Hoping to be Back in Class

By Kelly Herrick   |   September 3, 2020
Teachers at Cold Spring School show off their socially-distanced classroom setting; students are expected to return to class later this month

As local students settle into virtual or distance learning, school administrators and teachers are working hard to reopen campuses, working within the guidelines set forth by the State of California and the Santa Barbara County Public Health Department. Last Friday, August 28, both Cold Spring School and Montecito Union School superintendents submitted applications for a waiver to be able to send their students back to class on campus.

Superintendents Dr. Anthony Ranii (MUS) and Dr. Amy Alzina (CSS) surveyed their teachers and parents about re-entry onto campus; 91% of parents at MUS and 87% at CSS voiced their desire to send their kids back to class.

The process of reopening is complex to say the least, with both superintendents considering numerous issues including how to keep kids and staff safe, safety, and cleaning protocols, building outdoor learning spaces, masks, contract tracing, infection protocols, and more.

At MUS, mandatory COVID-19 testing is taking place on September 8; tests will be optional for students and their parents. Dr. Ranii said the results of the testing will inform the timeframe in which to reopen, which would be September 14 at the earliest. “Even if the waiver gets approved, the school is not compelled to reopen. While it’s looking more and more like we are going forward, there are a lot of factors at play,” he said, adding that it could be several more weeks or months before students are back in class. A special yet-to-be-scheduled board meeting will be held before any final decisions are made.

In preparation for reopening, each of the 26 classrooms will have dedicated outdoor space, and kids will be taught in cohorts to minimize exposure to each other and to teachers. The same cohorts will recess and eat lunch together. Campus staff is busy building outdoor learning areas, adding shade, plexiglass, handwashing stations, and more. The campus will also utilize the vacant land next door to the main campus. All students and staff will be required to be in face coverings at all times with the exception of strenuous physical activity, respiratory issues, or while eating lunch; even students from kindergarten to 2nd grade, which is more stringent than State regulations.

MUS staffers hold a meeting outside in preparation of students returning to campus

Specialist activities, like art and music, will be handled creatively, as an effort is being made to minimize the exposure to specialist teachers, who would potentially be exposed to multiple cohorts, therefore hundreds of students. “We also need to adjust activities. For example, our music program weighs heavily on singing. It’s no longer safe to have kids singing next to each other, so we are having to be creative with instruments that don’t spread droplets,” Dr. Ranii explained.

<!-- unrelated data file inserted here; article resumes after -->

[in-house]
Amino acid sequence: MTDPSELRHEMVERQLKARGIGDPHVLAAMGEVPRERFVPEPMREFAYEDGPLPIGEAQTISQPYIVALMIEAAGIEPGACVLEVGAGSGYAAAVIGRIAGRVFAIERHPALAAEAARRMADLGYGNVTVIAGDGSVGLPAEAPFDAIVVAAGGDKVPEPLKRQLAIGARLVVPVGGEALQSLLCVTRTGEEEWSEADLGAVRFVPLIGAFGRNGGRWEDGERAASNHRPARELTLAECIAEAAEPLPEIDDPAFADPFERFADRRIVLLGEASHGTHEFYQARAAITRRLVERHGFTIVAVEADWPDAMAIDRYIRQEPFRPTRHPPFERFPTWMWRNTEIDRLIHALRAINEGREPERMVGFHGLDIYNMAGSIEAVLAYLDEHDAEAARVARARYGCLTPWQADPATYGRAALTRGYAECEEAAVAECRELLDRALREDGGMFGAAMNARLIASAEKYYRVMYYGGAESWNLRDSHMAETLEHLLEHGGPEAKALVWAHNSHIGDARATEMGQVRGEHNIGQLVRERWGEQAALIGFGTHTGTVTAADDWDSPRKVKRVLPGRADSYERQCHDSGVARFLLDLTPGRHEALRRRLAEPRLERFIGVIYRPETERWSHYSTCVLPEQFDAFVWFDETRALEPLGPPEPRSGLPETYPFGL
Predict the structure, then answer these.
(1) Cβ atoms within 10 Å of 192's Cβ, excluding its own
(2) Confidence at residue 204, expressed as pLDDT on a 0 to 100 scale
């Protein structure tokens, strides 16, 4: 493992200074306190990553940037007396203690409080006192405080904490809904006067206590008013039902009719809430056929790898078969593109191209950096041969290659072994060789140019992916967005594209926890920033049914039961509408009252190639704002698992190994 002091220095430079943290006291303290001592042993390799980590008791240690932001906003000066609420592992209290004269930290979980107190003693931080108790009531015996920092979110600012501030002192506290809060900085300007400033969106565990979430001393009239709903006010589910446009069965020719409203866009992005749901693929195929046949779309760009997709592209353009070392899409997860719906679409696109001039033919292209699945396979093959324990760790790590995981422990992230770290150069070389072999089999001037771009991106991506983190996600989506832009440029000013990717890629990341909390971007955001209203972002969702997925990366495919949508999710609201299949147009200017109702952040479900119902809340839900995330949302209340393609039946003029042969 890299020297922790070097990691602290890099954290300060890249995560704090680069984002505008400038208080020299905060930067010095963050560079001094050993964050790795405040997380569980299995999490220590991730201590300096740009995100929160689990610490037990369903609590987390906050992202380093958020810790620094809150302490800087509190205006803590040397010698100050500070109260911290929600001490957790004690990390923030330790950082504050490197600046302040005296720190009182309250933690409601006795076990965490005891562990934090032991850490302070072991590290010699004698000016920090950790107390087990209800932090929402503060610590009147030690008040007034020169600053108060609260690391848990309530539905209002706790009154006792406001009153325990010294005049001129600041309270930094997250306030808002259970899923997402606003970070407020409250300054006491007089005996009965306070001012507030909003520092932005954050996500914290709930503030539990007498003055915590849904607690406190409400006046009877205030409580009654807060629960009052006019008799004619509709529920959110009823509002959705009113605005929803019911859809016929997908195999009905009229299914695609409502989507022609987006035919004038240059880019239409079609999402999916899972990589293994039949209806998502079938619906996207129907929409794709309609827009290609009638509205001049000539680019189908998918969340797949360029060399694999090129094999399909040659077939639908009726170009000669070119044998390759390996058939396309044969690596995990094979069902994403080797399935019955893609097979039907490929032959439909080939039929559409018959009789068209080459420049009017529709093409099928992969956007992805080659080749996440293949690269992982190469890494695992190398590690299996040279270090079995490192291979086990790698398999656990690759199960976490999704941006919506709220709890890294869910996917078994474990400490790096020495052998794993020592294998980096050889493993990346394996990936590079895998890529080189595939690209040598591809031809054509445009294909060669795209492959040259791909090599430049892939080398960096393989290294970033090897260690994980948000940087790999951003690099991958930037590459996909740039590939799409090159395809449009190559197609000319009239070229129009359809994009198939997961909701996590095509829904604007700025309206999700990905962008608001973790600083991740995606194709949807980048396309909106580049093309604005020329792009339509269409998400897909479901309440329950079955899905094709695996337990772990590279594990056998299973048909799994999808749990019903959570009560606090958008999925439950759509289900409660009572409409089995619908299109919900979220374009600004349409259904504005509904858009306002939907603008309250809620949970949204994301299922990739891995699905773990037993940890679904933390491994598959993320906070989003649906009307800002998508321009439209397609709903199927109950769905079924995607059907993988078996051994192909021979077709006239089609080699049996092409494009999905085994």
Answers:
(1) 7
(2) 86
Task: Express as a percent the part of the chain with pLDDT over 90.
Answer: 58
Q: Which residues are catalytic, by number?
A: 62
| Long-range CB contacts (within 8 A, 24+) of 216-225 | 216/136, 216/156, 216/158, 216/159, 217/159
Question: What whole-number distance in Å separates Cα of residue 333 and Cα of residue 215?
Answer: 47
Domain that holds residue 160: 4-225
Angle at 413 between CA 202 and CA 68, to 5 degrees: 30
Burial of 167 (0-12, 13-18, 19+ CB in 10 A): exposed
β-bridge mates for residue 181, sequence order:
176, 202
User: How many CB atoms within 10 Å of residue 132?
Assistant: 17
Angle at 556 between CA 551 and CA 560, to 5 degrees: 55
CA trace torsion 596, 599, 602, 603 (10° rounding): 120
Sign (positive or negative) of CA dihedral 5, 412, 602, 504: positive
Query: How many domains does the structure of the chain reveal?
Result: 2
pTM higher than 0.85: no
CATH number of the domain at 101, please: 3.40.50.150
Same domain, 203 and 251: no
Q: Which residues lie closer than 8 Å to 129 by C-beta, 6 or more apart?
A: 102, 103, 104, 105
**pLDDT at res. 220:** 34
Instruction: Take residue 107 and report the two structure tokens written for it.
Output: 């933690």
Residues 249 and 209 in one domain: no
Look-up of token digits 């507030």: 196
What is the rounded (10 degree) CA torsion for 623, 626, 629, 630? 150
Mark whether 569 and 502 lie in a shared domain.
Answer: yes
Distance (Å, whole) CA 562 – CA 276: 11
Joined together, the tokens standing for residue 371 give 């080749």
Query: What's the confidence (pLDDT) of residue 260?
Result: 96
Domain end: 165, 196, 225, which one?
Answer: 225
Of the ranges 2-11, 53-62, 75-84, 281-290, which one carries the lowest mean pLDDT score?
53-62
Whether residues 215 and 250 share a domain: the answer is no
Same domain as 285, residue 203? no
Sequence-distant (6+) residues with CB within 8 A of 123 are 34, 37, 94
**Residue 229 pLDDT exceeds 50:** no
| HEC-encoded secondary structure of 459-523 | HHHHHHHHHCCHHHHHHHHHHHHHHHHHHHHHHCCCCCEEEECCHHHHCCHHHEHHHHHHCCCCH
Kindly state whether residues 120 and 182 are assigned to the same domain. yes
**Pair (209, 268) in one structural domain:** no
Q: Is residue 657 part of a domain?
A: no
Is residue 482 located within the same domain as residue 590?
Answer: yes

For the 40 students whose parents have voiced their opinion not to send their kids back to campus, there will be a virtual learning or independent study program available, the details of which still need to be worked out. “We are looking to see how much staffing we can dedicate to the MUS-At-Home piece,” Ranii said, adding that the school is currently utilizing 26 classes instead of the necessary 21, in order to keep class sizes down to 12-16 students.

Things are similar at Cold Spring School, where 13% of students (24 kids) have opted to continue with at-home learning. Those kids, according to Dr. Alzina, will be offered a customized, modified learning plan with teacher support from Zoom. Kids who opt to go back to class will be required to wear masks, with the exception of students with special needs and those with health concerns. “We will also give opportunities for students to take their masks off while outside, six feet apart. It’s hard for these kids to keep masks on all the time! We need to build in some breaks,” she said. Teachers will be given COVID-19 tests on September 10, and parents, students, and members of the community are welcome to be tested on the same day, between 3-5 pm; the test cost is $125. Testing will continue the second Thursday of each month.

Kids on campus will do a combination of indoor/outdoor learning, with social distancing measures in place. Work has begun on outdoor classroom areas, including the retrofitting of the school’s gazebo, making it suitable for an outdoor classroom. The school intends on tentatively opening on September 22, but if there are multiple positive tests, that date will be pushed back. The campus will welcome parents to help put the finishing touches on the outdoor classroom spaces on Saturday, September 19. “We want parents to feel like they are part of this process as much as possible,” Alzina said.

Cold Spring and MUS will both adhere to State and local guidelines on contract tracing and quarantining if a case arises on campus.

“I’m very proud of the conversations we’ve been having on campus. Even when people have disagreed, the disagreements have been thoughtful and respectful,” Ranii said. “It has stayed really high level, and I’m really proud of that.”

For more information, visit www.montecitou.org and www.coldspringschool.net.

 

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